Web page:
Kobayashi-Solomon: So what you're saying is some of those segments muddy the water in terms of the gross profitability?

Wahlstrom: Absolutely. But if you take a step back, the two are fairly comparable from a gross margin and even an operating margin standpoint.

Kobayashi-Solomon: Right. Though, I was surprised especially after reading that you really like Lowe's logistical capabilities, but it seems like Home Depot is actually getting more to that op profit line.

I know that Home Depot, their management has started chasing Lowe's in terms of trying to beef up their logistics. Do you think this is a good idea? I mean they already have better profitability than Lowe's does.

Wahlstrom: It's funny that Home Depot does have better profitability, because two years ago Home Depot came out and said "our supply chain is a competitive disadvantage." So they had really been leveraging solely on just their scale. So now they have switched to a Rapid Deployment Center or RDC model, where they've shifted over all their distribution centers to now run a little bit more efficiently, a little bit more effectively, and they're able to push the right sort of product through the distribution center, route additional product directly to the stores as the case may be. So that has given them a much better foundation now to go after Lowe's and the other competitors in the home improvement retail space.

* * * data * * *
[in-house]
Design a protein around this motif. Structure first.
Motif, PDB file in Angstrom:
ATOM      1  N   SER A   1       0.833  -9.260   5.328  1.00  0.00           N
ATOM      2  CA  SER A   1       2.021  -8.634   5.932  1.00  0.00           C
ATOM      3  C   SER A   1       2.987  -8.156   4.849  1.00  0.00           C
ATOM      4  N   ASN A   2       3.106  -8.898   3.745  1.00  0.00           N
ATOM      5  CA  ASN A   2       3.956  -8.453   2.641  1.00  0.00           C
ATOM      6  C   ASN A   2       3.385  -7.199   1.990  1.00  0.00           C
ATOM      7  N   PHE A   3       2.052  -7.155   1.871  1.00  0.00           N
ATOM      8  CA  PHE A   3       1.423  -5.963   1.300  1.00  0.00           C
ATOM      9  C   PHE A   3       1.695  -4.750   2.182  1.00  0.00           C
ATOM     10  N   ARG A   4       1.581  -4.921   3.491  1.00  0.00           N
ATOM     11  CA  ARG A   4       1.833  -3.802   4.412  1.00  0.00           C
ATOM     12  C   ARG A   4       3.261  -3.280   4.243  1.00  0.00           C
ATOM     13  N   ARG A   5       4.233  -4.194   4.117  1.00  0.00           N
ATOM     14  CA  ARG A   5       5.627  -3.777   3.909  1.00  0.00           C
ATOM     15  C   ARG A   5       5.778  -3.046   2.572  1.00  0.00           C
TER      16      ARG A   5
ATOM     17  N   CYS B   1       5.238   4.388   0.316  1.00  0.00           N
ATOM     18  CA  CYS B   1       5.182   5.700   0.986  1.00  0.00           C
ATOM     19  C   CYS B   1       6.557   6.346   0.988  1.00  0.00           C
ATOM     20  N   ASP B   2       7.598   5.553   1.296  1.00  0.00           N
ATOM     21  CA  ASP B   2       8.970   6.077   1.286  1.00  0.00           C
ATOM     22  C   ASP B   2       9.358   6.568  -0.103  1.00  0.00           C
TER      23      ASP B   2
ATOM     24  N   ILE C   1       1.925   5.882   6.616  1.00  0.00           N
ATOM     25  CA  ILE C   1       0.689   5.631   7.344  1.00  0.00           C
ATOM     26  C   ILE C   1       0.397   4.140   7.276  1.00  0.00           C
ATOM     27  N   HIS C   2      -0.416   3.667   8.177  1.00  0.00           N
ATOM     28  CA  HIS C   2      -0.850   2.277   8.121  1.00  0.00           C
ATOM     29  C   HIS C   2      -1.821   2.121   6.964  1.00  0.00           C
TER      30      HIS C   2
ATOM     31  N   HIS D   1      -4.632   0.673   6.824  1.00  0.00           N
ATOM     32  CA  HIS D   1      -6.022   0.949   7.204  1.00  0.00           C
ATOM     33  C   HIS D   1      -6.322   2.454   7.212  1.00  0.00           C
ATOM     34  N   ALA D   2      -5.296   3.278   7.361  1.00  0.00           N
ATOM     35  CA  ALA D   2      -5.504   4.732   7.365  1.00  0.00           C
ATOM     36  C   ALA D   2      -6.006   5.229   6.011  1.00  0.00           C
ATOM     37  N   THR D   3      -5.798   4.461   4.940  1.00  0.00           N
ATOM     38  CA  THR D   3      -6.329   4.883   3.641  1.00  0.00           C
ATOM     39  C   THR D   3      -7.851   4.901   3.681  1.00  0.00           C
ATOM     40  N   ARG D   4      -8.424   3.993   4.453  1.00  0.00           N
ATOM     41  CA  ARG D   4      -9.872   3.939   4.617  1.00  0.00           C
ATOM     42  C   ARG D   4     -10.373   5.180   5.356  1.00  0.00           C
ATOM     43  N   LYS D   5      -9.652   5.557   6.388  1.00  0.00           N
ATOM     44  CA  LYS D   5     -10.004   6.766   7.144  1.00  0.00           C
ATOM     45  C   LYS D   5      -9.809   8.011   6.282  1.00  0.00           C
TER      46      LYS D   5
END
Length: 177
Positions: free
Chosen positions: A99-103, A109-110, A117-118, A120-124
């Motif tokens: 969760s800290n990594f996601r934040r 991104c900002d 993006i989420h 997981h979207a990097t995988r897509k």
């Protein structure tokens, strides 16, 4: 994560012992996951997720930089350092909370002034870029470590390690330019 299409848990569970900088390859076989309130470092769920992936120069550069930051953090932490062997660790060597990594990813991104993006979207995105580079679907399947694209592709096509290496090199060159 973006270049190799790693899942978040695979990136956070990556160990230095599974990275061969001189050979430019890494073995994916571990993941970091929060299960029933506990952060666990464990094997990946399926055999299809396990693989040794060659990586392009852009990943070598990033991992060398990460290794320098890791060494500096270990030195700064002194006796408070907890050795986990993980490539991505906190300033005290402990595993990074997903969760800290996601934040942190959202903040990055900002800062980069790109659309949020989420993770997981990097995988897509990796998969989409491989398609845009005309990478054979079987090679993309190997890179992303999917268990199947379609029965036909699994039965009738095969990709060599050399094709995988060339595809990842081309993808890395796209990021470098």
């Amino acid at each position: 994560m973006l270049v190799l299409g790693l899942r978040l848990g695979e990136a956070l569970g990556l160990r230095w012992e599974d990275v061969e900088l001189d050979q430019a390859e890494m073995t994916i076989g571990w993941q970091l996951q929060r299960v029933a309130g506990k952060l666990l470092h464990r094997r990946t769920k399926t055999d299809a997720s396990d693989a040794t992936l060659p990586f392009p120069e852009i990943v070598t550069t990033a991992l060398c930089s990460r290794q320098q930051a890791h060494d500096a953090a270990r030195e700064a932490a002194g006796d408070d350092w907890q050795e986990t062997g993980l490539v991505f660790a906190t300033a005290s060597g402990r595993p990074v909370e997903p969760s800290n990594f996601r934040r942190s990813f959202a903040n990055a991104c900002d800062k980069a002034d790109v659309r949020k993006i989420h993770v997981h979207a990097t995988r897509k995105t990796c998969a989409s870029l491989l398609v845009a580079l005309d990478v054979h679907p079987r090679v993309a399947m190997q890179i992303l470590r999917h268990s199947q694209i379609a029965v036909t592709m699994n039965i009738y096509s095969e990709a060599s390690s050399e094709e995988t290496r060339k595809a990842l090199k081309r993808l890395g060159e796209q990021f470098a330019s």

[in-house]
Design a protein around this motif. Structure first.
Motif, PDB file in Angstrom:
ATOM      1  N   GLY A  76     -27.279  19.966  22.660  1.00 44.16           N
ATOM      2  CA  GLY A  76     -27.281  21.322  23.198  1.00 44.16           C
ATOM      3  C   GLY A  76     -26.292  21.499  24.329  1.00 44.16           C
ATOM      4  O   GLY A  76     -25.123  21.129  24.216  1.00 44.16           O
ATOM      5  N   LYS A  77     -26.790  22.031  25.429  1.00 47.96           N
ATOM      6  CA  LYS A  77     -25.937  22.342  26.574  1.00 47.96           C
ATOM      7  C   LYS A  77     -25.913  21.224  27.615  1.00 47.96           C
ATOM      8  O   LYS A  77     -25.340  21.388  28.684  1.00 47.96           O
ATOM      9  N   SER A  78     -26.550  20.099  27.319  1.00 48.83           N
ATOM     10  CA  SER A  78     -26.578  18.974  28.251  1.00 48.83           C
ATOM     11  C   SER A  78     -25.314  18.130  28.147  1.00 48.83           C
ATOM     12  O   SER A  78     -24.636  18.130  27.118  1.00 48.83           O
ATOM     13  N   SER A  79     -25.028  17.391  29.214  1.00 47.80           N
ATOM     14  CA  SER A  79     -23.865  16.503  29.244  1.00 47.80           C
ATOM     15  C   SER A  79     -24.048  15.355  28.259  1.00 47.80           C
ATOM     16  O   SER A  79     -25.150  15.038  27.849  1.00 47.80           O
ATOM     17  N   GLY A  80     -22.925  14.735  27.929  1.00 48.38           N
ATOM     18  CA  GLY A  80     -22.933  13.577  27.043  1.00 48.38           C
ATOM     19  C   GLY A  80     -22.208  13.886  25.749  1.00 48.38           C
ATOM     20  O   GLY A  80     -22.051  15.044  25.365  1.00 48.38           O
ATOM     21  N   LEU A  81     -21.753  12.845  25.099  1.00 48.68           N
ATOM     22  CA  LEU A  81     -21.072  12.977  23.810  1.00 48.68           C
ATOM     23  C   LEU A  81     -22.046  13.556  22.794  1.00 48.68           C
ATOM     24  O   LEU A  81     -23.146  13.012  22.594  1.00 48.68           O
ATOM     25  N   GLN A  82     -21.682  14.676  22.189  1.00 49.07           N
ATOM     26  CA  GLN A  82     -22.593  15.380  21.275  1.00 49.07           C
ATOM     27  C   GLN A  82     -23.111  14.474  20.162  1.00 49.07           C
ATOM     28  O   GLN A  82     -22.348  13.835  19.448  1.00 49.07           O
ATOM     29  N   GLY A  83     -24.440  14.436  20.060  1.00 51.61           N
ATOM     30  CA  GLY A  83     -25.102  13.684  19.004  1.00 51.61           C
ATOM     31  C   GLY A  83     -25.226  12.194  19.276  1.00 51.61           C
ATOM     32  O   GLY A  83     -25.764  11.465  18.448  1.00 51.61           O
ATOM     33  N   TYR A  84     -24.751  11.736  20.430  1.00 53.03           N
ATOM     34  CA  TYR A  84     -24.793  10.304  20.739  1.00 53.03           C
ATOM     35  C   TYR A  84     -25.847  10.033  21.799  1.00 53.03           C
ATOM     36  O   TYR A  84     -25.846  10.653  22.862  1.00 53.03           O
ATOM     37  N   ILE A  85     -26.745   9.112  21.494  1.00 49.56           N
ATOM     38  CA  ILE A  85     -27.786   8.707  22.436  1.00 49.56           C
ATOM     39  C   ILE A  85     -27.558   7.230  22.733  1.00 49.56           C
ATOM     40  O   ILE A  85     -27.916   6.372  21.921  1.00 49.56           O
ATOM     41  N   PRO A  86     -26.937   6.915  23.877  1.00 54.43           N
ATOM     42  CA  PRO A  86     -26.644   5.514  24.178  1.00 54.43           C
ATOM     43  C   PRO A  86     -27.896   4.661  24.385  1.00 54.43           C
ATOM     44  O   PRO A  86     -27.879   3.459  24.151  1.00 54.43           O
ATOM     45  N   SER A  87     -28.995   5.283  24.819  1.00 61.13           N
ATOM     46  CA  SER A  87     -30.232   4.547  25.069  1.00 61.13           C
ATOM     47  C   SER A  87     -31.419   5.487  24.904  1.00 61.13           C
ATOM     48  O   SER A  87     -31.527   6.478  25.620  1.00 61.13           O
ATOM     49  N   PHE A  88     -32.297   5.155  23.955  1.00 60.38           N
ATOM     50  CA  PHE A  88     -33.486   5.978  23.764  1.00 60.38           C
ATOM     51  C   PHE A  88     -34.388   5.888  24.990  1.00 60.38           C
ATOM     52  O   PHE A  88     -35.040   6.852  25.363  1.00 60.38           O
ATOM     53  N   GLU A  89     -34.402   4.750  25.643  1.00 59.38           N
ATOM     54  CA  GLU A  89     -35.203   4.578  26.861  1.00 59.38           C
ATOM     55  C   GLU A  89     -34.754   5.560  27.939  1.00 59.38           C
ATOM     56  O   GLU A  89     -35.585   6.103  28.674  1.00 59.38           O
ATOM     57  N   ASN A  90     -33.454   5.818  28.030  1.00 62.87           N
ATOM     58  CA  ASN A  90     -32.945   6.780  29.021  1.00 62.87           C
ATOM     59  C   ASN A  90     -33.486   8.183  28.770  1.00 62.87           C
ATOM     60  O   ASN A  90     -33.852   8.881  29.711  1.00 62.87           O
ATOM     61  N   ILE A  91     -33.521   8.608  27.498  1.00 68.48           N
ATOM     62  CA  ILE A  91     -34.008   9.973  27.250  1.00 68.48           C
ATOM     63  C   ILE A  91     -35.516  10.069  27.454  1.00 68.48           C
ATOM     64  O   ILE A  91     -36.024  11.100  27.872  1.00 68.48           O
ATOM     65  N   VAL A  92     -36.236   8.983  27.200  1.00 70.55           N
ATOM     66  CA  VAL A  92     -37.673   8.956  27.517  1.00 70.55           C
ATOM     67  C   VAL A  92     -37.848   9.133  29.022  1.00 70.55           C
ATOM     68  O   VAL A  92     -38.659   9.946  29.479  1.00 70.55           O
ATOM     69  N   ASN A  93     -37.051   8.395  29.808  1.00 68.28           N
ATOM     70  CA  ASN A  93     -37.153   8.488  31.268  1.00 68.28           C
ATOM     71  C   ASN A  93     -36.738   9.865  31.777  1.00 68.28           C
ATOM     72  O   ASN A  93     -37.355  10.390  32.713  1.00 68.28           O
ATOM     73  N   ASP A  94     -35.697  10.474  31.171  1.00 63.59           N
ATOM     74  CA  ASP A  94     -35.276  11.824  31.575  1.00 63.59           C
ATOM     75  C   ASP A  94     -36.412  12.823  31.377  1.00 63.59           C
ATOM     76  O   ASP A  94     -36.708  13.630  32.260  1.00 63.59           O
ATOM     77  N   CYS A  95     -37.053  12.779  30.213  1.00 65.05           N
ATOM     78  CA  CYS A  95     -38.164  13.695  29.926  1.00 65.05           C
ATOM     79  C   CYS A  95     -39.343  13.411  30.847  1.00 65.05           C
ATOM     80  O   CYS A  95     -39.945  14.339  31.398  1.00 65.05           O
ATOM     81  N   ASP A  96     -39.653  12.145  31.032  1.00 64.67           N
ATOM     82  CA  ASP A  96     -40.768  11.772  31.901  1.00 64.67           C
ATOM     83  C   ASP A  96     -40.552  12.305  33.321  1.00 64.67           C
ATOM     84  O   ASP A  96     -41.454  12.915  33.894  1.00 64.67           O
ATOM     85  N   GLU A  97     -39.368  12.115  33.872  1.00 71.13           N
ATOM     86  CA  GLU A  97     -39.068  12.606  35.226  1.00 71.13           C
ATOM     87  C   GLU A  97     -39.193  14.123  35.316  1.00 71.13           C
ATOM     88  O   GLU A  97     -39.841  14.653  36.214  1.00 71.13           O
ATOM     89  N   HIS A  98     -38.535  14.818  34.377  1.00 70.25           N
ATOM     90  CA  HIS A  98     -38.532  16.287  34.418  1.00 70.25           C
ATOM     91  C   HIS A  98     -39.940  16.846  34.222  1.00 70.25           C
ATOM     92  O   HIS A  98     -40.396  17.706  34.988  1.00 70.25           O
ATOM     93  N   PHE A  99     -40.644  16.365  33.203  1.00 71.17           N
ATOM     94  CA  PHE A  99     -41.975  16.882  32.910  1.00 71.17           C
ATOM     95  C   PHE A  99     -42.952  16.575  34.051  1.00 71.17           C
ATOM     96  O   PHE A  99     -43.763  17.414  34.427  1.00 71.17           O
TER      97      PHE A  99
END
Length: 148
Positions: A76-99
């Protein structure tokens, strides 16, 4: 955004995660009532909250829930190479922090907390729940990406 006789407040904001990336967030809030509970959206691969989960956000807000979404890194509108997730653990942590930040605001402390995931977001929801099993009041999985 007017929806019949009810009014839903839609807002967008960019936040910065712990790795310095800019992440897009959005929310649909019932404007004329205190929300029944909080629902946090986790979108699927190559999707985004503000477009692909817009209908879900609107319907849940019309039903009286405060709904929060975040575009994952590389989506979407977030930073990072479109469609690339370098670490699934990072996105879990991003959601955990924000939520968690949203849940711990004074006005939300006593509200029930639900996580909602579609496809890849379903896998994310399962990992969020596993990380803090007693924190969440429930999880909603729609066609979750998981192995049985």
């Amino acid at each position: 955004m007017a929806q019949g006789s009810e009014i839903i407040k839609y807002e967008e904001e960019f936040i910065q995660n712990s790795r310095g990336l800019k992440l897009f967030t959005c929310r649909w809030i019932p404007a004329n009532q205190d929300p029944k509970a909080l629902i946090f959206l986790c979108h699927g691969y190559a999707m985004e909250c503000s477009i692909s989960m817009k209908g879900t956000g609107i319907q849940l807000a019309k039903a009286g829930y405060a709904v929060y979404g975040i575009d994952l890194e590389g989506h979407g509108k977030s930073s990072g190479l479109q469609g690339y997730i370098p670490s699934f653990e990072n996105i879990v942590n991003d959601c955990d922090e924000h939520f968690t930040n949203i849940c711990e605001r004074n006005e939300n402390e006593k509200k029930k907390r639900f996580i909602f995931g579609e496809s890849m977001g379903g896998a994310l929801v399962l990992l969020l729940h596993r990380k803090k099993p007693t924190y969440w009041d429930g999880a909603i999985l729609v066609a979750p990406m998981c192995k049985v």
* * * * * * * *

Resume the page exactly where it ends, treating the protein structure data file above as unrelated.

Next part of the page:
Kobayashi-Solomon: These are the smaller ones, the Menards and Aces and places like that?

Wahlstrom: That's correct. Exactly right.

Kobayashi-Solomon: If they are kind of boosting up their logistical capabilities, this means increased spending on capex. Are you worried about that at all?

Wahlstrom: The company has done a very good job from a capital spending allocation standpoint.

Kobayashi-Solomon: This is Home Depot.